Our investment in Launceston puts the Coalition’s Smart Cities Plan into action, with smart investment, smart policy and smart technology maximising the potential of all cities, big and small.

4. $25 million into a locally-led Regional Tasmania Jobs and Investment Package

The Coalition will invest $25 million into a locally-led Regional Tasmania Jobs and Investment Package.

Our jobs package will help create local jobs and growth, build a highly skilled local workforce, take advantage of export opportunities and diversify the regional economy.

Grants under the Regional Tasmania Jobs and Investment Package will be awarded through three streams:

  • support for businesses to grow and bring forward expansion plans
  • building local infrastructure
  • investment in skills and training programmes to build a highly skilled local workforce

These grants will assist local businesses in Launceston, Devonport, Burnie and other areas across regional Tasmania to grow, as well as encourage new businesses to enter the region, creating new sustainable jobs.

Grants will attract at least matching co-investment so the total investment in regional Tasmania will be at least $50 million.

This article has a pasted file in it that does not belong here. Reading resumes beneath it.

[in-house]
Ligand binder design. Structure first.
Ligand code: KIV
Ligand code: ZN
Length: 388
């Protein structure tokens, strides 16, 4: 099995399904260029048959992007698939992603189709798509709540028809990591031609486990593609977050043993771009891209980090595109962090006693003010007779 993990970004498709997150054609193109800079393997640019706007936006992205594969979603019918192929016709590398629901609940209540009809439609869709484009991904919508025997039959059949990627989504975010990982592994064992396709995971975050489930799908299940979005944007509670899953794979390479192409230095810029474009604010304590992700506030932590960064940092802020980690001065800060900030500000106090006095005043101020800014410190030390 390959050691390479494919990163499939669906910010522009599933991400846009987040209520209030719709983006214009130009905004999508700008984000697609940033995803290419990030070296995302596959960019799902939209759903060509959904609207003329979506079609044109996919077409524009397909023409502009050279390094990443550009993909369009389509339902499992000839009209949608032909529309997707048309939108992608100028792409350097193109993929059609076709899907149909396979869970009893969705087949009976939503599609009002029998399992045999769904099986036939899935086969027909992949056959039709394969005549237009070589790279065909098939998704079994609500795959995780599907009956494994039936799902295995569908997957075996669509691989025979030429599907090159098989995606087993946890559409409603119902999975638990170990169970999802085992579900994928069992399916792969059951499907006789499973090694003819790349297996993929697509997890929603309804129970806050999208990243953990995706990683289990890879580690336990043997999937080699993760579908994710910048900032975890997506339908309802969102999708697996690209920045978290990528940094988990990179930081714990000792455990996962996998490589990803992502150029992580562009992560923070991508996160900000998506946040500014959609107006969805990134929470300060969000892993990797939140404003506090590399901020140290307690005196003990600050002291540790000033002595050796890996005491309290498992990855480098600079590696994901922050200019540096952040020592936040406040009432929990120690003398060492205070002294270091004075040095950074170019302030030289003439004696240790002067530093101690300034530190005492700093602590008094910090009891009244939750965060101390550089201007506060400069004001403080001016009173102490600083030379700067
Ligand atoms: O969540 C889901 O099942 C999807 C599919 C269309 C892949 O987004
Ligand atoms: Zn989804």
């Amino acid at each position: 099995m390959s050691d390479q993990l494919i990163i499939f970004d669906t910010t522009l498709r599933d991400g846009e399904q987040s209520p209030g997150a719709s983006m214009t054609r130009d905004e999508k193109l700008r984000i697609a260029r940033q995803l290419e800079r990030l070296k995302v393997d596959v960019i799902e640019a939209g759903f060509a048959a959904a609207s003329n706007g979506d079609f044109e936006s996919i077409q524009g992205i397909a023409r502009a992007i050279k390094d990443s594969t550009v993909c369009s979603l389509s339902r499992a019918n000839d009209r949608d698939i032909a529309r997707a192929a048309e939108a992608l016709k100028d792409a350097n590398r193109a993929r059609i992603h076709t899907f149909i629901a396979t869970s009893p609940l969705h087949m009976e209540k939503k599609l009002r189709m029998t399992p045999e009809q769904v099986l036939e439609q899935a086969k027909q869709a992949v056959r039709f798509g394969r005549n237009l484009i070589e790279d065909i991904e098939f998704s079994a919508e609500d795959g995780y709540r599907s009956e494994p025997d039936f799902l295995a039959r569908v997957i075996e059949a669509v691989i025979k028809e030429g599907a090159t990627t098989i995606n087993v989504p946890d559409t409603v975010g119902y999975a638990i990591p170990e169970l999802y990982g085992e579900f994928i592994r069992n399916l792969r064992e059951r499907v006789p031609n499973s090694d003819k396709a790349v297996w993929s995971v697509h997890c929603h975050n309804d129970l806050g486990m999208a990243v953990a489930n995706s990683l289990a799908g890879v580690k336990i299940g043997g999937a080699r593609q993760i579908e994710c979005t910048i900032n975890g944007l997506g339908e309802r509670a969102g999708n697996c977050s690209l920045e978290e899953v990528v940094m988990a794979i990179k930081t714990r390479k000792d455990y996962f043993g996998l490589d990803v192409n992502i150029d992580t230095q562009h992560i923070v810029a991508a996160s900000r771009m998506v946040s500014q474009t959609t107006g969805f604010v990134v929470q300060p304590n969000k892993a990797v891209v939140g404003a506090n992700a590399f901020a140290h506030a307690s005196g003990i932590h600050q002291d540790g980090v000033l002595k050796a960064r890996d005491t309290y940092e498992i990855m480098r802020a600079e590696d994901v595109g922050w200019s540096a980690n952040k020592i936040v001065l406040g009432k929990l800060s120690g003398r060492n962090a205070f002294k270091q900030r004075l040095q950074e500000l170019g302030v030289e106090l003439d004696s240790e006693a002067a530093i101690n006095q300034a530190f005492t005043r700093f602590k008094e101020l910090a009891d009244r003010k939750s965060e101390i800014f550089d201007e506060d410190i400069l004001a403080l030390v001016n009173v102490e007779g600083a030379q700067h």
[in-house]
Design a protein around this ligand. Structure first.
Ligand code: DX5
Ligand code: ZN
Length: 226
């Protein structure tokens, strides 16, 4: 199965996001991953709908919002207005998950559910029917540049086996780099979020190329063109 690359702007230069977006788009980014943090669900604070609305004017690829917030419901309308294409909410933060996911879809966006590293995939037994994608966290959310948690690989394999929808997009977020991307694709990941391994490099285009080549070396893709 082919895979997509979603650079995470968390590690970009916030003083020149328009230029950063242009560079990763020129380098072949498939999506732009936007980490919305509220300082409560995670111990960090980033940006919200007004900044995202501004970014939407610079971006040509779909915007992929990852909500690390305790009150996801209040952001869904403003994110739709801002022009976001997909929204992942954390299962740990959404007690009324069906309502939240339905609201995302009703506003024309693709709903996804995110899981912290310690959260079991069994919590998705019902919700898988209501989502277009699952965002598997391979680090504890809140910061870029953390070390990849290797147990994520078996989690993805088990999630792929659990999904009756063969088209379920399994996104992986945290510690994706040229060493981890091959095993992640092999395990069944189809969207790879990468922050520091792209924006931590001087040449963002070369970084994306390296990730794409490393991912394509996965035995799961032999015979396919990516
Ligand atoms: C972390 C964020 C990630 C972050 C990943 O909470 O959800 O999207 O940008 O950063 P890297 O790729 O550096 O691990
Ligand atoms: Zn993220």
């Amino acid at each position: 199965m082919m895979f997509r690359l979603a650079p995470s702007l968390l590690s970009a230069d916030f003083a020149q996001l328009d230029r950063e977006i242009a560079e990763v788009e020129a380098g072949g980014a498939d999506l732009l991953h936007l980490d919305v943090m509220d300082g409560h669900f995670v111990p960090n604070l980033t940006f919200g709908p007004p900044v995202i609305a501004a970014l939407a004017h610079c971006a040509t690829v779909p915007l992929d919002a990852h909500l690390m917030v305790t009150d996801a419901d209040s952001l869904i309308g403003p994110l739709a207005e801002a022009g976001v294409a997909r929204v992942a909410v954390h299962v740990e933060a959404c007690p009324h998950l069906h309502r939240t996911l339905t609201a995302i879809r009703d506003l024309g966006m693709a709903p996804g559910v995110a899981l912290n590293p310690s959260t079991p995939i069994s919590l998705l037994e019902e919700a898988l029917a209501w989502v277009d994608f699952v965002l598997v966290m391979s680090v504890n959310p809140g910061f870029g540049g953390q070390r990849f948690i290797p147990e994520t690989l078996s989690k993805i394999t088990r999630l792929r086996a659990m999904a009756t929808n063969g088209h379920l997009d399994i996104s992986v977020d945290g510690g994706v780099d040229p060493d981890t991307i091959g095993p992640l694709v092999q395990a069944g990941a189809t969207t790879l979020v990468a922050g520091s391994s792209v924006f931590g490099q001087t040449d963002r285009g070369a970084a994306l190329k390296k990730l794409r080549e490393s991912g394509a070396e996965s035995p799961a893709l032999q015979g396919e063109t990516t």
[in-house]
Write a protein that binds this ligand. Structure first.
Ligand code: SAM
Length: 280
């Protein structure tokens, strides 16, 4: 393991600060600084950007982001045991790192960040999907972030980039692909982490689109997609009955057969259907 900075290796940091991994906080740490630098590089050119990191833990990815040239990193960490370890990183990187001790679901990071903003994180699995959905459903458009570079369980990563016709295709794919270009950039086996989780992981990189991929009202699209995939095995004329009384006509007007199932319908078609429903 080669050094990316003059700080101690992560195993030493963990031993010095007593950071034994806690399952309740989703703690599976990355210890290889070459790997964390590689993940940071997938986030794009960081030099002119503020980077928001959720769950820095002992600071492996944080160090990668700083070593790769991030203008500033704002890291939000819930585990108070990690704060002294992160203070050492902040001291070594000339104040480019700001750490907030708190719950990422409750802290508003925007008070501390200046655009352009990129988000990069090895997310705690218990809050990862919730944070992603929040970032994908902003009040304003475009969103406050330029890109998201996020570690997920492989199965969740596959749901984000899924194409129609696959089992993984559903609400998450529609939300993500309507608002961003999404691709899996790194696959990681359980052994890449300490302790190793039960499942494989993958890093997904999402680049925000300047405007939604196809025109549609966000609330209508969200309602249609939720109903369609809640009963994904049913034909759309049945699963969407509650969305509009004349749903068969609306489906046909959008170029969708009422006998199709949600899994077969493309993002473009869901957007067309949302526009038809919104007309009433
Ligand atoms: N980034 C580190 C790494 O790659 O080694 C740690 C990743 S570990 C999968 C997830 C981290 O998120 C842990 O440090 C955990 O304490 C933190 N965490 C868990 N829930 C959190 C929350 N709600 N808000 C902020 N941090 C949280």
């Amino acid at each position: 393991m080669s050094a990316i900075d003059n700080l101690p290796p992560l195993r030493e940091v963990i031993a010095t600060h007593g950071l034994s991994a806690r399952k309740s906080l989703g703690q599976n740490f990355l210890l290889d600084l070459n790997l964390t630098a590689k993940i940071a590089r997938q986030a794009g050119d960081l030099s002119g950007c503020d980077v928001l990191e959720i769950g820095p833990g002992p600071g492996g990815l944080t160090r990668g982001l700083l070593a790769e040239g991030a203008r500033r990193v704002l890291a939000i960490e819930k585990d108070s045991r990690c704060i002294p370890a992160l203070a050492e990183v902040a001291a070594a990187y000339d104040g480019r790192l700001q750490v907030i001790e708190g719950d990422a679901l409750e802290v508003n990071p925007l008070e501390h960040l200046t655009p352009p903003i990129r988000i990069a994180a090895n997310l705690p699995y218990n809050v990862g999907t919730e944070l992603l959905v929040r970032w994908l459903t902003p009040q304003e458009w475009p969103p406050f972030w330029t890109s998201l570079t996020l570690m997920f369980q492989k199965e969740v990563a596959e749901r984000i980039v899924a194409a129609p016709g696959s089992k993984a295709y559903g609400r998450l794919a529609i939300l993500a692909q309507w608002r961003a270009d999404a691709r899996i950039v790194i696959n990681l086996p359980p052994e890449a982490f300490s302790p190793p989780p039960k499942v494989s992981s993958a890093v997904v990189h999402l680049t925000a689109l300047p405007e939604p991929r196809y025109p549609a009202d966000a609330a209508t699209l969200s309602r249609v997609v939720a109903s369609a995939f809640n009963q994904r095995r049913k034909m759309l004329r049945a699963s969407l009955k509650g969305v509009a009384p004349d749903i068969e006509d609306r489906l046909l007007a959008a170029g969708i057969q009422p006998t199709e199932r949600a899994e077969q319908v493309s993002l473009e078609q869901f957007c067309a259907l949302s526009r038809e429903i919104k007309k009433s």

Previous Tasmanian jobs incentive packages since 2013 have demonstrated the enduring year-on-year returns that these packages bring. For example, the recent Tasmanian Jobs and Investment fund will deliver 800 new jobs in Tasmania and leverage almost $100 million in new investment.

Our commitment will help ensure additional jobs growth and investment in Tasmania.

5. A global centre for Antarctic research

The Coalition is investing over $2.1 billion to enhance Tasmania’s status as a global hub for Antarctic research hubs and the premier Gateway to East Antarctica.

We have signed a contract for Australia’s new icebreaker, amounting to a $1.9 billion investment, with the custom built ship due to arrive in Australia in mid-2020.

More than $1.1 billion (around 80 per cent) of the operations and maintenance spend will be in Australia, with the majority expected in Tasmania.

The new icebreaker will help to further expand Tasmania’s role as the gateway to Antarctica, and is great news for jobs and growth in the state.

Australian company DMS Maritime Pty Ltd will project manage the overall ship design and building process and will then operate and maintain the icebreaker from its home port of Hobart.